As you’re collecting your date set of Canadian coins, many collectors will start looking even closer at their possessions. Maybe a digit will look different, some element of the design will not quite be like other coins, or maybe a mint error will find itself on your want list. Recognizing varieties is a sign of an advanced numismatist and Geoffrey Bell Auctions Ltd. has some nice, scarce Canadian varieties and errors in their Toronto Coin Expo 2018 Spring Sale.
In 1965 the Royal Canadian Mint introduced a new effigy of the queen and two obverse matrices were used that year on the 5-cent piece. The 1965 large beads variety is the scarce one and a beautiful PCGS MS65 example is being offered in Toronto. There is only one graded higher on their registry.
Walk into any large coin shop and you’re likely to find at least one famed 1948 dollar for purchase, but if a 1966 small beads silver dollar is on your want list, you’re likely to have a much tougher time filling that hole. A mint was set up in Hull to relieve some of the strain on the Ottawa mint during this boom period for numismatic products. A 1965 small beads obverse die ended up being paired with a 1966 proof-like reverse die, resulting in this scarce variety that never should have existed. The spring sale is offering a lovely ICCS MS64 Cameo full-white example of the 1966 small beads dollar.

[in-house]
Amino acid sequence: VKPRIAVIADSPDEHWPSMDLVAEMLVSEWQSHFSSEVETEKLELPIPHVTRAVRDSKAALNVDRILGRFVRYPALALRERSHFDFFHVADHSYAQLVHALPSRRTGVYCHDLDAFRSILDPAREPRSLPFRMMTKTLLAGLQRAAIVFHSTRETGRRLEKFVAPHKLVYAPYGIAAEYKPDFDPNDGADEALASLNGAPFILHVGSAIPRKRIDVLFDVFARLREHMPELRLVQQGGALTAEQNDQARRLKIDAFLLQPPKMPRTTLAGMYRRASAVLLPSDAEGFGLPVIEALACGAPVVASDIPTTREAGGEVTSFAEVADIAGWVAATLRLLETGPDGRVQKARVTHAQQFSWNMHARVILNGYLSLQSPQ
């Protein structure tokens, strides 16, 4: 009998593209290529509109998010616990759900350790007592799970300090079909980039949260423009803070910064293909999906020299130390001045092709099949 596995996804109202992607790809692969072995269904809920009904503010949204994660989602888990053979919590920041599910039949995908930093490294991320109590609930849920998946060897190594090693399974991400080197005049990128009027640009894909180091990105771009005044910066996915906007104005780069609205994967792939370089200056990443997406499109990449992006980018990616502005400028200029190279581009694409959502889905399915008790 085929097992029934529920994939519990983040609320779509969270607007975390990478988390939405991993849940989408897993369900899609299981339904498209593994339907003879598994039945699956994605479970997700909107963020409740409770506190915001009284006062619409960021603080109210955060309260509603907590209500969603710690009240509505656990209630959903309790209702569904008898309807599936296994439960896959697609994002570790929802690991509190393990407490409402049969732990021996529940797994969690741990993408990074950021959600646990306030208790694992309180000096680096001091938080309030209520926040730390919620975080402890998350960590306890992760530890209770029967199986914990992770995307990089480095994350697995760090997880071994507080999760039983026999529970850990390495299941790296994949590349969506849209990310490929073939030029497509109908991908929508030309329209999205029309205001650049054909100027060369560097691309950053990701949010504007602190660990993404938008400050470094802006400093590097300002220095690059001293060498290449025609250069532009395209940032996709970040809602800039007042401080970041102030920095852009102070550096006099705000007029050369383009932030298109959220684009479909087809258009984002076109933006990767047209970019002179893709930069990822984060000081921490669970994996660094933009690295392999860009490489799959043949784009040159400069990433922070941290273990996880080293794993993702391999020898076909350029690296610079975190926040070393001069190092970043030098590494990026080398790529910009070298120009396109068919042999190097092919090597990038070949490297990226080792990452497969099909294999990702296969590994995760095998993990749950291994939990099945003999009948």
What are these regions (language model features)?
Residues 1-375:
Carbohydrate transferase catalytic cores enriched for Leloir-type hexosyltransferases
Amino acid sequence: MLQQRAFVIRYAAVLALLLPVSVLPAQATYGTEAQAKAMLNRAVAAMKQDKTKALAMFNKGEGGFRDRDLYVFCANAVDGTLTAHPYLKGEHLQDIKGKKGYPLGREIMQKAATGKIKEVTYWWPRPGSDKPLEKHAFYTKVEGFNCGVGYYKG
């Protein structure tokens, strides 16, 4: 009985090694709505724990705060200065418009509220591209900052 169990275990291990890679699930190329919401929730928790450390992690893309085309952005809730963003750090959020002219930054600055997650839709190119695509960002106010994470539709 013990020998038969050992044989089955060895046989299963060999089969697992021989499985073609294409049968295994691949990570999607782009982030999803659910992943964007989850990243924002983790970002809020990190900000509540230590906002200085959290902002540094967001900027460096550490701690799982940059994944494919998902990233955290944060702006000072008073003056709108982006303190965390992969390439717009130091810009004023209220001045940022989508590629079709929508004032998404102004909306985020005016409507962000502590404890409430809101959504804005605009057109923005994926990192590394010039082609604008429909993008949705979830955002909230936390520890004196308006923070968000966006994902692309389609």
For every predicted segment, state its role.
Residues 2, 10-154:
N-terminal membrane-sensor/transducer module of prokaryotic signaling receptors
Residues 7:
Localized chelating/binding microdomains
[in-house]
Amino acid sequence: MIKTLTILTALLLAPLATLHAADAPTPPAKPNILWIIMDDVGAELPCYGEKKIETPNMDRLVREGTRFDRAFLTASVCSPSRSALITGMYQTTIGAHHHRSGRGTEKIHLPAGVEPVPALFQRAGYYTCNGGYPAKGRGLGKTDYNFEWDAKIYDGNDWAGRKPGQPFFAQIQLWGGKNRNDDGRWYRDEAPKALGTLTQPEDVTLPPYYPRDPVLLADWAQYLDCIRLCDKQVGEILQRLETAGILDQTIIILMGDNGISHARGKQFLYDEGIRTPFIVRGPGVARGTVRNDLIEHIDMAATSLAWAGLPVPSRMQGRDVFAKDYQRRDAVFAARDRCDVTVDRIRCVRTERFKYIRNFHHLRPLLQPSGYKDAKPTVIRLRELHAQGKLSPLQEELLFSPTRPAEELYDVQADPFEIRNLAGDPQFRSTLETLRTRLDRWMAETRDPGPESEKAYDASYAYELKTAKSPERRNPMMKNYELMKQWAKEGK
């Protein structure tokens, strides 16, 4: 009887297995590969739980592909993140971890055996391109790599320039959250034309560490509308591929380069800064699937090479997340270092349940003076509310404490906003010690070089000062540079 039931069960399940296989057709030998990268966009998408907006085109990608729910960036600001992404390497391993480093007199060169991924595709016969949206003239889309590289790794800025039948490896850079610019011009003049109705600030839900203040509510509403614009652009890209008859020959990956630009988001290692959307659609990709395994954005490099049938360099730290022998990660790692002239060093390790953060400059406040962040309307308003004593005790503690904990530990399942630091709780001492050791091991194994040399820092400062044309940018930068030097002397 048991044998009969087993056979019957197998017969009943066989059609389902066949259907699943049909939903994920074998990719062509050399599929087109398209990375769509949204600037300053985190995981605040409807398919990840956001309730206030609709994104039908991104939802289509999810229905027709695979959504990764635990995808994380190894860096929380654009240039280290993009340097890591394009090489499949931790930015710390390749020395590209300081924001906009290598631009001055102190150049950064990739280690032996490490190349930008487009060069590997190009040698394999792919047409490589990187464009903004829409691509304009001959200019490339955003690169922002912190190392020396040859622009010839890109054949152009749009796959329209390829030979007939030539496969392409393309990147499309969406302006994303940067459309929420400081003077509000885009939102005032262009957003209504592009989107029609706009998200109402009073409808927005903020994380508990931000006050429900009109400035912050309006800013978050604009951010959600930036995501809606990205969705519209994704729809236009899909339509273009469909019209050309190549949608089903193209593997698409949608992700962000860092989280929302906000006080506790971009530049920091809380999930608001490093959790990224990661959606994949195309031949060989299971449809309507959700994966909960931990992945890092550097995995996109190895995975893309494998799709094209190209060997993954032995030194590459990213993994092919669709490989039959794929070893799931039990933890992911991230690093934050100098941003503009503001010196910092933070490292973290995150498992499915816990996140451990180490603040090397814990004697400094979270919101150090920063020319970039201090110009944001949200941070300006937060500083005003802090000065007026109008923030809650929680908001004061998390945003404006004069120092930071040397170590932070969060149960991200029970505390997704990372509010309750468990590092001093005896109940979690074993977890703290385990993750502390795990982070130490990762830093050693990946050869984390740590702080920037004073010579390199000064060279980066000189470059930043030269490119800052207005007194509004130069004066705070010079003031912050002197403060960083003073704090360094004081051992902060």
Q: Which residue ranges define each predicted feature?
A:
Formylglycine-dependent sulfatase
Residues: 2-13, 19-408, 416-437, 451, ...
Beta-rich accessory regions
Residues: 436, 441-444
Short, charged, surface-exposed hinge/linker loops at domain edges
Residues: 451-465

Some other highly notable varieties include a top-pop ICCS MS65 red 1929 high nine cent that will garner a lot of interest; what may be the rarest of Canadian silver dollars, the 1967 upset dies centennial dollar graded as ICCS MS63; and a pair of very desirable 1982 Constitution dollars – an upset dies variety graded by ICCS as MS63 and a thin planchet variety graded as ICCS AU55.
Enjoy looking at this sampling of truly scarce Canadian coin varieties and view the complete auction for more. The Toronto Coin Expo 2018 Spring Sale takes place May 3rd and 4th.